The New Grolier Multimedia Encyclopedia

Back in the early '90s, when CD-ROM drives, which have ages ago faded away from computers from the way of DVD and Blu-ray drives,  heralded an age of multimedia. This technology that had finally begun to find its way to consumer computers offered means of providing previously unparalleled amounts of data for the common computer users, especially in the contrast of ages dead format of floppy disks. While the format itself had already been introduced back in 1982, it took its time to become cheap enough to finally push itself through.

I can't rightfully say what the discussion around CD-ROM as a format was back in the 1980s, as I was pretty young back then and didn't really follow nor was I even aware of such mediums beyond floppies or cassette tapes. CD-ROMS were just some tech that was at times featured as a tech flavour in movies like James Bond (I think it was featured at least on License to Kill, even as a writable format when Bond copies files to disc), but other than I had no idea such a thing existed, as we didn't even have a CD-player. I'm at least relatively sure that we didn't have one before the mid to late 1990s. Hell, my first introduction to writable CD's was in the late '90s, when a school buddy bought a drive and started burning music collections to other people for a fee. It was an expensive device, but it made its price back I reckon.

In any case, my own introduction to the fantastic 650 MB capacity of CD-ROMS happened like it probably did with many others of my contemporaries: via multimedia. When we got ourselves a brand new 486-SX 66MhZ PC, it was a full-blown multimedia device, capable of sounds, music and graphics we had only dreamt off.  Our old workhorse with its 8088 processors was immediately dumped, or at least I think we never had a 286 PC, as we sure as hell didn't have a 386, over which I envied one of my friends before we finally stepped to the modern age of PC technology. But then again, I do remember playing games that would not have necessarily ran on 8088 CPU, so there must have been a 286 in between.

But I digress.

So what was the first application we had on this computer, which back then set our poor mother back thousands of euros? The New Grolier Multimedia Encyclopedia, Release 6. I know it doesn't really sound that exciting, especially now in this world of high-speed internet connections, Wikipedia and 4K YouTube videos, but back then, that now ancient and technologically dated CD-ROM with its low-resolution videos and low sample sound effects was an awe breaking experience, that even managed to contribute something to my school homework now and then.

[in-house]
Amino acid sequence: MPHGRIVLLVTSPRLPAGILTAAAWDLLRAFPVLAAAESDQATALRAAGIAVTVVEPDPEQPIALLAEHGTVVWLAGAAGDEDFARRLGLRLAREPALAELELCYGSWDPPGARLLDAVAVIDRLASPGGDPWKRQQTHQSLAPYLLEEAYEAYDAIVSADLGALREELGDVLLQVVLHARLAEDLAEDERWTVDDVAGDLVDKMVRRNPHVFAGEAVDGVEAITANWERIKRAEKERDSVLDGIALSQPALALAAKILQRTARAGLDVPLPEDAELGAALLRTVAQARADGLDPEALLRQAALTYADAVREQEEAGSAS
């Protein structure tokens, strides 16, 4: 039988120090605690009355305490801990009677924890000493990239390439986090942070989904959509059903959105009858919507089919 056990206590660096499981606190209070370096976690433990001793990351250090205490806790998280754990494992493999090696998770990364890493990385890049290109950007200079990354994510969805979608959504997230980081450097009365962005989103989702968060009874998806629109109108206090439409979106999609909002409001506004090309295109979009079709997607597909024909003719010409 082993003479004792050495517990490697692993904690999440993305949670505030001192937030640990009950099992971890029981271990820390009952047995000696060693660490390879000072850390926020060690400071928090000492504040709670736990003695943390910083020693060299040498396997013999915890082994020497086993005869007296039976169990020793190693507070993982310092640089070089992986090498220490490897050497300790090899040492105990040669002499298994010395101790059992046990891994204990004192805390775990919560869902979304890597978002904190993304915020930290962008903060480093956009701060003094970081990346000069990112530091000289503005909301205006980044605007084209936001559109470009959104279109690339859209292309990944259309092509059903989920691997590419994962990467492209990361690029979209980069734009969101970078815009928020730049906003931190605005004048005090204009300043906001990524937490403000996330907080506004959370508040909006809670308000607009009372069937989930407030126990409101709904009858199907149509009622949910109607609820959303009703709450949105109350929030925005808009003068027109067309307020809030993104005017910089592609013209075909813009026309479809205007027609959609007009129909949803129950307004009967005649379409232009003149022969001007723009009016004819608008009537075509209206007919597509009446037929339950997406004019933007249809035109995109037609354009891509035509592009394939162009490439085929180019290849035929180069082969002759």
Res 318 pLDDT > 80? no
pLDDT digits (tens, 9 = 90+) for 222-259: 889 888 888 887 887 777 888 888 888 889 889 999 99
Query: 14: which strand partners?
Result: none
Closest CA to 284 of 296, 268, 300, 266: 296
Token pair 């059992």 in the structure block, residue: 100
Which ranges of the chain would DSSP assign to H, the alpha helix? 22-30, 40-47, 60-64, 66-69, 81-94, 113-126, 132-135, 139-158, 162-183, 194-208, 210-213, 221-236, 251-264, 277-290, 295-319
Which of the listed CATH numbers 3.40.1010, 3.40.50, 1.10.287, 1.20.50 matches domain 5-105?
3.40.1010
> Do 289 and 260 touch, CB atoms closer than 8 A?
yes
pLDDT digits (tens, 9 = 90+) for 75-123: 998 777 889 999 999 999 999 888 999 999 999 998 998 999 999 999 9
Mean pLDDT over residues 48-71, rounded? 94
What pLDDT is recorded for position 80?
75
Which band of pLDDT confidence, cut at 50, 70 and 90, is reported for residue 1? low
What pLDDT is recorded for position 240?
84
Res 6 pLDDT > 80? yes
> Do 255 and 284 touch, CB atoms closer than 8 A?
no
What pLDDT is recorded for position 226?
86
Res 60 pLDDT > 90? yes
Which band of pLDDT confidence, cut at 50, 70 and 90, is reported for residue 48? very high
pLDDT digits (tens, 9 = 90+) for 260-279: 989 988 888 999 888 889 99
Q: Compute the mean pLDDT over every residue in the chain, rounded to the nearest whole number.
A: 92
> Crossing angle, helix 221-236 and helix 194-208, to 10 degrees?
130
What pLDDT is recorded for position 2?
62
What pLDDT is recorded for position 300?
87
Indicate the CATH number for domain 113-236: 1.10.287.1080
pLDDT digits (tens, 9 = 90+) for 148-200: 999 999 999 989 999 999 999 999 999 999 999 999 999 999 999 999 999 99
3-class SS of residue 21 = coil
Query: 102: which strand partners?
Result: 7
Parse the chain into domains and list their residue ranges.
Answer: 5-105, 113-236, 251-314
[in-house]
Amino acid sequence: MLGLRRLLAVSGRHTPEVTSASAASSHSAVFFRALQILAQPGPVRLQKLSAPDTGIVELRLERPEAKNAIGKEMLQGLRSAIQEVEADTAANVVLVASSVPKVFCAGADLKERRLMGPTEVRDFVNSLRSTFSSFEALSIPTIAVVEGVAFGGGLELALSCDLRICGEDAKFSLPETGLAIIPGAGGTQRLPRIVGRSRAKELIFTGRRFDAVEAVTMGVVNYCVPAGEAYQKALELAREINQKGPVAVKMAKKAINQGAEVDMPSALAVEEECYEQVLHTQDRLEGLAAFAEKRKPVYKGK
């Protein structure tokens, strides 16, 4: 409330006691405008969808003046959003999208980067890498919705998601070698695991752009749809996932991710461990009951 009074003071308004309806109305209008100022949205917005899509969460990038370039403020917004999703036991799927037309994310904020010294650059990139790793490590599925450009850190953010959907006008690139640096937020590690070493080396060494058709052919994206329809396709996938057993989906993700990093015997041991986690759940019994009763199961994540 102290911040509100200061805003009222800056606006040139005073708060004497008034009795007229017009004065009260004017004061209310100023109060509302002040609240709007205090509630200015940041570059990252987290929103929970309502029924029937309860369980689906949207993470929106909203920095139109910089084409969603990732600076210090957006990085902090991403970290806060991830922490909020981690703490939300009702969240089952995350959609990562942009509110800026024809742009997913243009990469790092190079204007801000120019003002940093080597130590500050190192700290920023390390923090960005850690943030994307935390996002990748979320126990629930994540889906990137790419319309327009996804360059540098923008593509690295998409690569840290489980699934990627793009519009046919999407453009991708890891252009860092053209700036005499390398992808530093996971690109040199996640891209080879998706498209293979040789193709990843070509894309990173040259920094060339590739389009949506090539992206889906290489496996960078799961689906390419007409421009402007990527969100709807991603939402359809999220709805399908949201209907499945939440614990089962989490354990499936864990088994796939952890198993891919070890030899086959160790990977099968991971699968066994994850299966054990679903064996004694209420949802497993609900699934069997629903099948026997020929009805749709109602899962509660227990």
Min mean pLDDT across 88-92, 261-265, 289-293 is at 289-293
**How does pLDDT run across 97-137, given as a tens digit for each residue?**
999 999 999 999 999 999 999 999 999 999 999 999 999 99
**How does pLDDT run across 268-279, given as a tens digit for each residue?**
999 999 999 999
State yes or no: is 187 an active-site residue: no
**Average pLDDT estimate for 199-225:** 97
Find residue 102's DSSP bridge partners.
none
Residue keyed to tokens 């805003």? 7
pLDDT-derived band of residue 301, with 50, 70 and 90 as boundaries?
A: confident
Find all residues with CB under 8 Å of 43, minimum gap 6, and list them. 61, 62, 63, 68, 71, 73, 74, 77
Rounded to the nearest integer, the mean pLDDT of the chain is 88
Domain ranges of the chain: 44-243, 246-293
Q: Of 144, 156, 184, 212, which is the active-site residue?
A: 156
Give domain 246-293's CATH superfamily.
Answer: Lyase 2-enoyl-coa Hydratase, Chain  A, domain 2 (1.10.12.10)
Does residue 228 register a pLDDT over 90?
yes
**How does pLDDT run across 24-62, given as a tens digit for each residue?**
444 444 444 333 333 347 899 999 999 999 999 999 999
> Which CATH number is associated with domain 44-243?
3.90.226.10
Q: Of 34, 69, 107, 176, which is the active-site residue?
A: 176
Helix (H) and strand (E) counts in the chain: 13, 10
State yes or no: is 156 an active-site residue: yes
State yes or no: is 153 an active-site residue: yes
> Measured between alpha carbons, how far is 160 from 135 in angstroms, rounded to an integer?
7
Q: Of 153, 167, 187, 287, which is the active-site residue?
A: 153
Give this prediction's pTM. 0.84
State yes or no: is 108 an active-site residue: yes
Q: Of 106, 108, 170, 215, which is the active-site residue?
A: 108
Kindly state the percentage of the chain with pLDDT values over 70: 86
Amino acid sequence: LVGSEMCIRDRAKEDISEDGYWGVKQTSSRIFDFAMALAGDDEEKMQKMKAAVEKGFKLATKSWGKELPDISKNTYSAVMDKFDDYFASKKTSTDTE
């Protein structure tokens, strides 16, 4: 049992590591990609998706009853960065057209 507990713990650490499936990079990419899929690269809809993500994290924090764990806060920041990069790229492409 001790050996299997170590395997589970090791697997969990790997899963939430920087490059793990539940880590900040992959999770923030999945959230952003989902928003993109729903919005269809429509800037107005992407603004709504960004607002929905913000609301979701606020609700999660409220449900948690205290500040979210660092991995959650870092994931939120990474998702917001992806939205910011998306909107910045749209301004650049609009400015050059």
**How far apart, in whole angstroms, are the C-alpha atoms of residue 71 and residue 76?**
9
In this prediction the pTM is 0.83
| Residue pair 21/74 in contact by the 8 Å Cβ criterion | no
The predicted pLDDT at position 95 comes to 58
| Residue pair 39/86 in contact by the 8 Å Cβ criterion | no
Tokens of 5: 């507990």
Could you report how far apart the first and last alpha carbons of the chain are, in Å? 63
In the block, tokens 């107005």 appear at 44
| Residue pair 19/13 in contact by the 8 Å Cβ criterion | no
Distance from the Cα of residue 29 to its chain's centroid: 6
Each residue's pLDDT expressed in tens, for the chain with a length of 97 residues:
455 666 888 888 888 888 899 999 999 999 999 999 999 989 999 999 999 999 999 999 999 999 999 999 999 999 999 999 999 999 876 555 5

Feast your eyes on this glorious video capture I made on VMware Workstation to your benefit:

I know it's hard to imagine, but back then this was astonishing: video, sound, animation and text all mixed in a cohesive, easily navigatable package. It actually tells something about the design quality of the UI, as I still think it's fairly simple to use. It even has some very nice search features, which allow you to highlight things and search them from the index.

In many ways, software like The New Grolier Multimedia Encyclopedia were harbingers of what the internet would bring out later. When the network speeds weren't yet capable of bringing out the similar experiences online, the multimedia CD-ROMS were the perfect solution to that. 

From the first appearance of CD-ROMS, it did still take a decade or so before services like YouTube and Wikipedia even existed to dethrone the previous king. But there's also something about the compactness of the information a multimedia encyclopedia contains. Not only is all the information on the same platform, it also has been curated by a group of people with set standards, making it something that is far easier to believe accurate, whereas places like YouTube, it might be harder, as you don't ever really know if the information sprouted is fact, fiction or misunderstanding. The same 
goes with Wikipedia as well, as it is a source maintained by enthusiasts, but not necessarily experts.

The New Grolier Multimedia Encyclopedia was not the first multimedia CD-ROM made, far from it. 1990's wasn't even the era when the term itself was coined. But for me, it was the first time I had actually experienced it in person. It is also a piece of relatively well-made software, with a good grasp on how things like user interface and user experience should be handled.

As for the company itself, Grolier, it still exists. It was founded back in 1909 as an encyclopedia publisher. Nowadays it is a part of Scholastic, under which it operates Grolier Online, which I assume does what their old multimedia encyclopedias did for years before the explosion of the net.

And that's the end of my little stroll on the nostalgic lanes of early 1990's multimedia. It was fun, to turn on the old encyclopedia after all this time, and it made me feel like I should do another write up on even more multimedia.

And that's what I intended to do, with titles I never did experience when they were mint back in the day.

What exciting days we live, eh?


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